On April 1
This NASA Spitzer Space Telescope image shows the entire M87 galaxy in infrared light. In contrast, the EHT image relied on light in radio wavelengths and showed the shadow of the black hole against the background of high-energy material.
About 55 million light years away from Earth, the M87 was an astronomical theme. This study has been conducted for over 100 years and mapped by many NASA observatories, including the Hubble Space Telescope, the Chandra X-ray Observatory, and NuSTAR. In 1918, the astronomer Heber Curtis first noticed a "curious straight beam" that extended from the center of the galaxy. This bright beam of high-energy material, which is generated by a disk of material that rotates rapidly around the black hole, is visible in several wavelengths of light from radio waves through X-rays. When the particles in the beam strike the interstellar medium (the sparse material that fills the space between the stars in M87), they create a shock wave that radiates in infrared and radio wavelengths of light but invisible light. In the Spitzer image, the shock wave is stronger than the jet itself.
The lighter jet, which is located to the right of the center of the galaxy, is approaching the Earth almost directly. Its brightness is enhanced by its high speed in our direction, but even more so by the effects scientifically termed "relativistic effects" that arise because the material in the jet is moving near the speed of light. The trajectory of the jet is only slightly offset from our line of sight with respect to the galaxy, so we can still see some of the length of the jet. The shock wave begins around the point where the jet seems to curve, highlighting the areas where the fast-moving particles collide with gas in the galaxy and slow down.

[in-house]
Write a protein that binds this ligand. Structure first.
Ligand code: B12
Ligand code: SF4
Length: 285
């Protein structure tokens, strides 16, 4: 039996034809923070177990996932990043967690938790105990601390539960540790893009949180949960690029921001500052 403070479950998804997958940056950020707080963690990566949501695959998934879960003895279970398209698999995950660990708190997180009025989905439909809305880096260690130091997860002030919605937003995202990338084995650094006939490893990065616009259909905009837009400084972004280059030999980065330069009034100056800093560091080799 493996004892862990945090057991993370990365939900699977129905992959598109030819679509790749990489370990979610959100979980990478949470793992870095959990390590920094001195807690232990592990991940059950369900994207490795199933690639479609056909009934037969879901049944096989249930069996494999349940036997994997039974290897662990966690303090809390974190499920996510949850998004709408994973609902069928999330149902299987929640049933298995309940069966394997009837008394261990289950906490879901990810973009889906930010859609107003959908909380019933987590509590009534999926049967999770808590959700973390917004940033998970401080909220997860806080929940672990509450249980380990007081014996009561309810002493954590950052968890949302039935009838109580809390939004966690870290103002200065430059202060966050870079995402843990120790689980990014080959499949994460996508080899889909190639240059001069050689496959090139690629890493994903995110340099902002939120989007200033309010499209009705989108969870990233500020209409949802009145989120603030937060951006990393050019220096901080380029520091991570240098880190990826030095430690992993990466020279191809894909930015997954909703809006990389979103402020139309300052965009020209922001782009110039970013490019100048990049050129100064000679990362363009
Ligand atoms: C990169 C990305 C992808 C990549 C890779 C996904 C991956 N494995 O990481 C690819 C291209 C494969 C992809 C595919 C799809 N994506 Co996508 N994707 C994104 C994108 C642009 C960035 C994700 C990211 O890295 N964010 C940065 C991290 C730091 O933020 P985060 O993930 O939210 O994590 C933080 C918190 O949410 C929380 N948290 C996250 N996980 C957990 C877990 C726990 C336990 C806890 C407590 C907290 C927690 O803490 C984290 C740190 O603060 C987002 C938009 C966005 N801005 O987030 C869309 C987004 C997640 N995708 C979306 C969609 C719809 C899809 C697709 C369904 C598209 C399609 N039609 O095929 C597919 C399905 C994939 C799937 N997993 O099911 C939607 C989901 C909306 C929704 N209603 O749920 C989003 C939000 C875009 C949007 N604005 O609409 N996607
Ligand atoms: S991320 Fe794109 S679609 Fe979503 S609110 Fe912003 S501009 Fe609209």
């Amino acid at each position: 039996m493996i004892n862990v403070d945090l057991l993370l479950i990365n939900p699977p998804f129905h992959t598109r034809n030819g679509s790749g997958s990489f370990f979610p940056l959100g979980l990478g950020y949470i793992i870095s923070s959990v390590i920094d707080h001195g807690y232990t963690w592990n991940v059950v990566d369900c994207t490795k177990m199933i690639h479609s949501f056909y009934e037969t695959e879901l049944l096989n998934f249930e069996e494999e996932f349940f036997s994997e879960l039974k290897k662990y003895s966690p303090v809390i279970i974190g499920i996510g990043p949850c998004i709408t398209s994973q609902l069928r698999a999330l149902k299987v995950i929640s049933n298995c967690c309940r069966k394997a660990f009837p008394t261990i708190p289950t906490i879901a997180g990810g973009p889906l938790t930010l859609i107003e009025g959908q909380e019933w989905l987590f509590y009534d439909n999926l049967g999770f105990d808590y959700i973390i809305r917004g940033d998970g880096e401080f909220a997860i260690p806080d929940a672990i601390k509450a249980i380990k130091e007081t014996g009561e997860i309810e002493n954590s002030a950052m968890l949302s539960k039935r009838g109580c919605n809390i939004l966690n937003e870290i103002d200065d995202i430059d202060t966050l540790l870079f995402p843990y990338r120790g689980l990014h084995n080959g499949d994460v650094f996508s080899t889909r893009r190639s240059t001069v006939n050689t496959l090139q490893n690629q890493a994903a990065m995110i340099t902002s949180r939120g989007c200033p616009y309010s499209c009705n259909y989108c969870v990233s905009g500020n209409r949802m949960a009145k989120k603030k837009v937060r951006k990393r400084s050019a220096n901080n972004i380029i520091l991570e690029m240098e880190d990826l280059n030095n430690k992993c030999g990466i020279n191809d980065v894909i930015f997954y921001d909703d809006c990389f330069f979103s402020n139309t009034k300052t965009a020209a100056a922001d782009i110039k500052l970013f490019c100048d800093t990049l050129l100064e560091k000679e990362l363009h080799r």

The second jet, on the other hand, moves away from us so fast that the relativistic effects make it invisible at all wavelengths. The shock wave she creates in the interstellar medium is still visible here.
The shock wave is located on the left side of the center of the galaxy and looks like an inverted letter "C". Although it is not visible in optical images, the lobe can also be seen in radio waves, as in this image from the Very Large Array of the National Radio Astronomy Observatory.
Combining infrared observations, radio waves, visible light, X-rays and extremely energetic gamma rays, scientists can study the physics of these powerful jets. Scientists still strive for a solid theoretical understanding of how gases drawn in black holes produce effluent gases.
Infrared light at wavelengths of 3.6 and 4.5 microns is shown in blue and green, showing the distribution of the stars, while dust showing this brightly lit at 8.0 microns are shown in red. The picture was taken during Spitzer's first "cold" mission.
The fading spirit of a long-dead star
The huge galaxy around the huge black hole (2019, 26th April)
retrieved on April 26, 2019
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